February 20, 2009

Looking Back

Published February 11, 2009, issue of February 20, 2009.
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100 Years Ago In the Forward

Reports from Turkey indicate that Jews are suffering pogromlike attacks on their communities — not on the part of Muslims, but perpetrated by Christians. This all began a few weeks ago, in the wake of an election for governor in the Janina region of Turkey. The Christians fielded one of their own to oppose the candidate of the Young Turks. Apparently, the majority of the Jewish community voted for the Young Turks, and after the Christian candidate lost, attacks were perpetrated against the Jews. Six young Jews were kidnapped, with no trace of them to be found. No one knew what happened to them — until a sack full of hacked-off ears and fingers was found sitting in the middle of the Janina Synagogue, one of the oldest in the world. A note that accompanied the bag threatened the Jews that if they did not vote for the Christian, there would be more murders.


75 Years Ago In the Forward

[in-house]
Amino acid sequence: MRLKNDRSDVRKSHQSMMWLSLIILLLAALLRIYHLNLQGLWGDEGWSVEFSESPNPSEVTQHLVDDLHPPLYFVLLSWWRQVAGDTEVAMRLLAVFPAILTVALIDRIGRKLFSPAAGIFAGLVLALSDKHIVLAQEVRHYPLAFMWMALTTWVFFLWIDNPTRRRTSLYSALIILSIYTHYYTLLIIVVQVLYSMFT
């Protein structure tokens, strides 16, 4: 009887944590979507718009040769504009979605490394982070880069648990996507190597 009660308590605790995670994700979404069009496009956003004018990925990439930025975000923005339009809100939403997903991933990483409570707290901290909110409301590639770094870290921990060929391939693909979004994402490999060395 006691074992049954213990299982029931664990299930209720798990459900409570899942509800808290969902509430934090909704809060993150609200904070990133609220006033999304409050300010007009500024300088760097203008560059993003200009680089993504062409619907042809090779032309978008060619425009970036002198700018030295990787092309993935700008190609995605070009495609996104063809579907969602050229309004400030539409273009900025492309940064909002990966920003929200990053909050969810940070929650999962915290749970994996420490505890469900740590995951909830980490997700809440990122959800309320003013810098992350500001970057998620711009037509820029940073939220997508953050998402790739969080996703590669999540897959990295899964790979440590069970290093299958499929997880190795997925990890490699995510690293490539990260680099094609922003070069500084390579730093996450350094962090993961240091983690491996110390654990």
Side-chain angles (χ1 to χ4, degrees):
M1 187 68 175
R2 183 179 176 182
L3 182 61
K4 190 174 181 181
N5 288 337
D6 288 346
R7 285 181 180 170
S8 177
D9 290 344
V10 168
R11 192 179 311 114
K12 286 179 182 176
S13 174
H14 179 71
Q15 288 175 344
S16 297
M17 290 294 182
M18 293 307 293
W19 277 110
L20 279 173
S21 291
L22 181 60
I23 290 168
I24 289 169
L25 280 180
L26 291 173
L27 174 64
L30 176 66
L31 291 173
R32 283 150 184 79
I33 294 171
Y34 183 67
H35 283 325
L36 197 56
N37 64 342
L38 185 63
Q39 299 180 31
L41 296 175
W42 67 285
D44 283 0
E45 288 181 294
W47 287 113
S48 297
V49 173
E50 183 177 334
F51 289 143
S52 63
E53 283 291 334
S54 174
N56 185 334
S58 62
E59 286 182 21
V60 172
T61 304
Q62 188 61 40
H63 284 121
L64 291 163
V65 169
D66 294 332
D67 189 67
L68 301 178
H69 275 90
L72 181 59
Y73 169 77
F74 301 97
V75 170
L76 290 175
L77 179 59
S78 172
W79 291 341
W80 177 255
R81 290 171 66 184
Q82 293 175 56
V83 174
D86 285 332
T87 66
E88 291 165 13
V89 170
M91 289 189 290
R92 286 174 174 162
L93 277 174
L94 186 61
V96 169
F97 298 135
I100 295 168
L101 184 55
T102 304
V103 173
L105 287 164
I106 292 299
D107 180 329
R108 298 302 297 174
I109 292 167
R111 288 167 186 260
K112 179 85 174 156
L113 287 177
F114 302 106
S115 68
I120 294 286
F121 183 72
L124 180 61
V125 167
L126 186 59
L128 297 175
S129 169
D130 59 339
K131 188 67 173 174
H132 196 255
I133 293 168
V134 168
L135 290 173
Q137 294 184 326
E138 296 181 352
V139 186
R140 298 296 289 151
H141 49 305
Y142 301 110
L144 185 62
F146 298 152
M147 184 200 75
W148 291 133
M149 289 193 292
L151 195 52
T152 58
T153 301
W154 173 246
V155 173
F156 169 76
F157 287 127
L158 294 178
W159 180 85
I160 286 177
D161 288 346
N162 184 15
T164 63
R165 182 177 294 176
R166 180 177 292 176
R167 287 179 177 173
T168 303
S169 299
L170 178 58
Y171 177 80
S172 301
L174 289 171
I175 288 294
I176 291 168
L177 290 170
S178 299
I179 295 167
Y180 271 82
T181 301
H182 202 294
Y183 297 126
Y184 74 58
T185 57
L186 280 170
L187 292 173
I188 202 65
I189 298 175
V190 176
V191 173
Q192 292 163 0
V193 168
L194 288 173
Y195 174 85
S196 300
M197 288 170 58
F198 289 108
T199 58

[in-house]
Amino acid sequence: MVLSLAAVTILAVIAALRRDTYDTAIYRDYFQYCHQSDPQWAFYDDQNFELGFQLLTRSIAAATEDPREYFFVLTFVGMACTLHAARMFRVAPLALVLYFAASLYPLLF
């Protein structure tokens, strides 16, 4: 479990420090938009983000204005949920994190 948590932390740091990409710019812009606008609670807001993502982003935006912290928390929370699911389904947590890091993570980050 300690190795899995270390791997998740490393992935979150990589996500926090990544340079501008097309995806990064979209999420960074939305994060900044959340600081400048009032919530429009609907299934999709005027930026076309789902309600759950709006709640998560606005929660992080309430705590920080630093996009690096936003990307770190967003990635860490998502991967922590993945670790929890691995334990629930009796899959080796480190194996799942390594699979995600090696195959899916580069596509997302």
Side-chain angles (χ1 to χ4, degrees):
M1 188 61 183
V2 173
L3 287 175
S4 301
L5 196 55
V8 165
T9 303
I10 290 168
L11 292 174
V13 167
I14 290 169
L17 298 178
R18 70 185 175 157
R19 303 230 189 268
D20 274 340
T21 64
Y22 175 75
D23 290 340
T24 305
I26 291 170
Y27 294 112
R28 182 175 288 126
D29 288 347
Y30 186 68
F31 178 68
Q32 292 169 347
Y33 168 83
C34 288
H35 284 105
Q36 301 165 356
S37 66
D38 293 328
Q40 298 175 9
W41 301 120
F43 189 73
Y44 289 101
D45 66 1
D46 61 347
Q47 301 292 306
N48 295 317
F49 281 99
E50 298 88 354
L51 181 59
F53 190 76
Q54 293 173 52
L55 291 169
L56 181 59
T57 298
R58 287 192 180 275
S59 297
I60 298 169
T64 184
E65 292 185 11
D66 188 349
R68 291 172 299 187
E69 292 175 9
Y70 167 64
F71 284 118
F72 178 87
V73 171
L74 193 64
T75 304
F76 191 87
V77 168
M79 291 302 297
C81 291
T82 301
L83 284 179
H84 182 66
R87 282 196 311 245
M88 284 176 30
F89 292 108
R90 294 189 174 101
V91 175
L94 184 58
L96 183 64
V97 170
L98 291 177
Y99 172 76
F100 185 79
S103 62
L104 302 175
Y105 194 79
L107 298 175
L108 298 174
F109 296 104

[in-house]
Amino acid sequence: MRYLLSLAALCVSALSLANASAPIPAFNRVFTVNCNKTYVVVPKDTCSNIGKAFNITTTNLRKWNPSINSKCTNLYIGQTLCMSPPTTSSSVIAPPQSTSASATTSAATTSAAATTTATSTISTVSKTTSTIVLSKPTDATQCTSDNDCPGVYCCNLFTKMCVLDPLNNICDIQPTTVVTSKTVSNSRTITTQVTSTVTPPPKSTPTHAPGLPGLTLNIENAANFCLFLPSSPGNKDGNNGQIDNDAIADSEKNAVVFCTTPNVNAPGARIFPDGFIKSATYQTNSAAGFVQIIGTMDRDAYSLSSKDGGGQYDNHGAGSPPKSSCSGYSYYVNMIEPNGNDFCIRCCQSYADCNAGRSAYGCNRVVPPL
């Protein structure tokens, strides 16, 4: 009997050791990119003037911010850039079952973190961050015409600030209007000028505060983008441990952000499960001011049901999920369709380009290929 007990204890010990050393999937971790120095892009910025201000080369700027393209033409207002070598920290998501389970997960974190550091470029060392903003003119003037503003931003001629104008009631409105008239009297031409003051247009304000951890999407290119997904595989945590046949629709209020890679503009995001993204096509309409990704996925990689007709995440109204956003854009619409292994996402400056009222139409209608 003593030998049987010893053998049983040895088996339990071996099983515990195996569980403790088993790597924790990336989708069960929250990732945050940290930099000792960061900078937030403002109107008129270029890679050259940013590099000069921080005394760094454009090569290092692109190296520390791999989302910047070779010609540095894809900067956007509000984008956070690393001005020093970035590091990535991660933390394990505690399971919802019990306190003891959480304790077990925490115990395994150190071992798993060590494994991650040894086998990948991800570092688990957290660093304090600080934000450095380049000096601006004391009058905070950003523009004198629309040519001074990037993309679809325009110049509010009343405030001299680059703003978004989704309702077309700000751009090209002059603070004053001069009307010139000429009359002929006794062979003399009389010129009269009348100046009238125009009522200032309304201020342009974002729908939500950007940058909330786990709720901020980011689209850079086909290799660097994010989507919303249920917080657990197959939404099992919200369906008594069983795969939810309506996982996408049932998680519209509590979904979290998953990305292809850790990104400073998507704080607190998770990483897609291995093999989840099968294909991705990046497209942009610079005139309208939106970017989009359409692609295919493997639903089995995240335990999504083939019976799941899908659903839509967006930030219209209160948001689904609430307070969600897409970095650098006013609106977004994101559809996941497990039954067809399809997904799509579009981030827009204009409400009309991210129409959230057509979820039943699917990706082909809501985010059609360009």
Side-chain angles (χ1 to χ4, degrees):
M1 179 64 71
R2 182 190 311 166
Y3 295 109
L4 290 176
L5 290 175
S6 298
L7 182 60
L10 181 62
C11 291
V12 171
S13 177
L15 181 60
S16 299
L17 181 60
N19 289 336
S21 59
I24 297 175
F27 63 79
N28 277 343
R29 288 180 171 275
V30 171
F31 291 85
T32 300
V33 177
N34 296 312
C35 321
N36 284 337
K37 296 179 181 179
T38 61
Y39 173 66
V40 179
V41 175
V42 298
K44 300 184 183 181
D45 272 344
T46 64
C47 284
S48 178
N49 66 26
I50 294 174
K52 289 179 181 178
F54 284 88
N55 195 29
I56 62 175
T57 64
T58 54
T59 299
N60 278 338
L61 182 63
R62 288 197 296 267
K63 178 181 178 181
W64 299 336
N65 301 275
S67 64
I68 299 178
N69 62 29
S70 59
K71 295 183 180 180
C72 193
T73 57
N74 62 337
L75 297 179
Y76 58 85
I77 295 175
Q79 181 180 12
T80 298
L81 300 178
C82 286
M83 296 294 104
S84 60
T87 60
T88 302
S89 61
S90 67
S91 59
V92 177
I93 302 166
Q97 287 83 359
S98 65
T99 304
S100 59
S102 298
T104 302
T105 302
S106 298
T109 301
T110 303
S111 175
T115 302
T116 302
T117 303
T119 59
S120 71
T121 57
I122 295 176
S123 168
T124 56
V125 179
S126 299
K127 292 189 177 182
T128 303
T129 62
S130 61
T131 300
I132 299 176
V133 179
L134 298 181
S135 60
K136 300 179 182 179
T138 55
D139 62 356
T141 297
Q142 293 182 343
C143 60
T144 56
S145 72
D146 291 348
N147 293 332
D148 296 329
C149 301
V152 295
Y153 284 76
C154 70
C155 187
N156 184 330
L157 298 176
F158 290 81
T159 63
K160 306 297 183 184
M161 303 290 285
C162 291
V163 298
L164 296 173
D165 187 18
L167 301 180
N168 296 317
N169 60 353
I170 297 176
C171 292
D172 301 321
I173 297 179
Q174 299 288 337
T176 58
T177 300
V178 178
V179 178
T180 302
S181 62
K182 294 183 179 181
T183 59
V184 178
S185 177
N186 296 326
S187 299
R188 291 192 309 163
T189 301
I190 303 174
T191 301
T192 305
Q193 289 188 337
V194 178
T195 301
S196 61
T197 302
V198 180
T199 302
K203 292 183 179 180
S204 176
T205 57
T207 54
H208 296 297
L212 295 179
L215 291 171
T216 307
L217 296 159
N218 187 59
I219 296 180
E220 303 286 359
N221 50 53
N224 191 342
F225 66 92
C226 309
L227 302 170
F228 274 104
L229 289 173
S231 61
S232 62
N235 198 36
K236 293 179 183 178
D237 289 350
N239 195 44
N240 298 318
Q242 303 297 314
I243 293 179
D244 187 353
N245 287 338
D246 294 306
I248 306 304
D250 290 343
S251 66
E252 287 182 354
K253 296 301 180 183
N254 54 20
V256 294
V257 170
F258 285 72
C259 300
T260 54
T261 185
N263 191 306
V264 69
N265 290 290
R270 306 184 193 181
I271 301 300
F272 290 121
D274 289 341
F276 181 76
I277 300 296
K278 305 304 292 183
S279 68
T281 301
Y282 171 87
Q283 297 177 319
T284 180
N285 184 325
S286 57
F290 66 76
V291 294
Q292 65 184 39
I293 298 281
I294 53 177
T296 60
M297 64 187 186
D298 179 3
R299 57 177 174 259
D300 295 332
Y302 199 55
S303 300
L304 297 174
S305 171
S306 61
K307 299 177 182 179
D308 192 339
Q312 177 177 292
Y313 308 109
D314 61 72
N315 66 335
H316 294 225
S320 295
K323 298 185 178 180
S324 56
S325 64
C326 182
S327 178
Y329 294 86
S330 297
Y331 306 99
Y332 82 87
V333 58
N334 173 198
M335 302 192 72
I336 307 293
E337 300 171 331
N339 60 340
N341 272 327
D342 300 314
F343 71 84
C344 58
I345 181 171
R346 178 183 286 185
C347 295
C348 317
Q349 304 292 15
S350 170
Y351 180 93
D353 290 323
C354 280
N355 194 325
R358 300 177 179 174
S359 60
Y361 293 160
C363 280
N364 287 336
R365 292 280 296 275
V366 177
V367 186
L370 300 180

Police arrested famed racketeer Dutch Schultz in a Manhattan penthouse on East 98th Street, a location that appears to have served as the “bank” for a large-scale, illegal gambling operation, known as the numbers racket, that included slot machines and policy slips. Schultz, who is alleged to be the boss of the entire operation, was taken into custody. The police estimate that Schultz’s operation alone rakes in more than $60 million per year. The kind of gambling that Schultz’s numbers racket offers is incredibly widespread and employs hundreds of people who sell “policy slips” all over the city. Recently, it has become popular in offices, and everyone — from the boss to the mailroom boys — plays the numbers.


50 Years Ago In the Forward

The Forward’s Chicago edition reported an interesting story about a woman who bought herself a plot in the cemetery and a tombstone, as well, which was completely filled out except for the date of death. This aspect is not so unusual. What was somewhat odd, however, was her demand that on her 100th birthday, a party be held in her honor in the cemetery, on the very plot in which she would be buried. And in fact, it came to pass that when she turned 100, a table full of food was set up on her future grave, musicians were brought in and all over, her friends and relatives celebrated as she danced around her grave.


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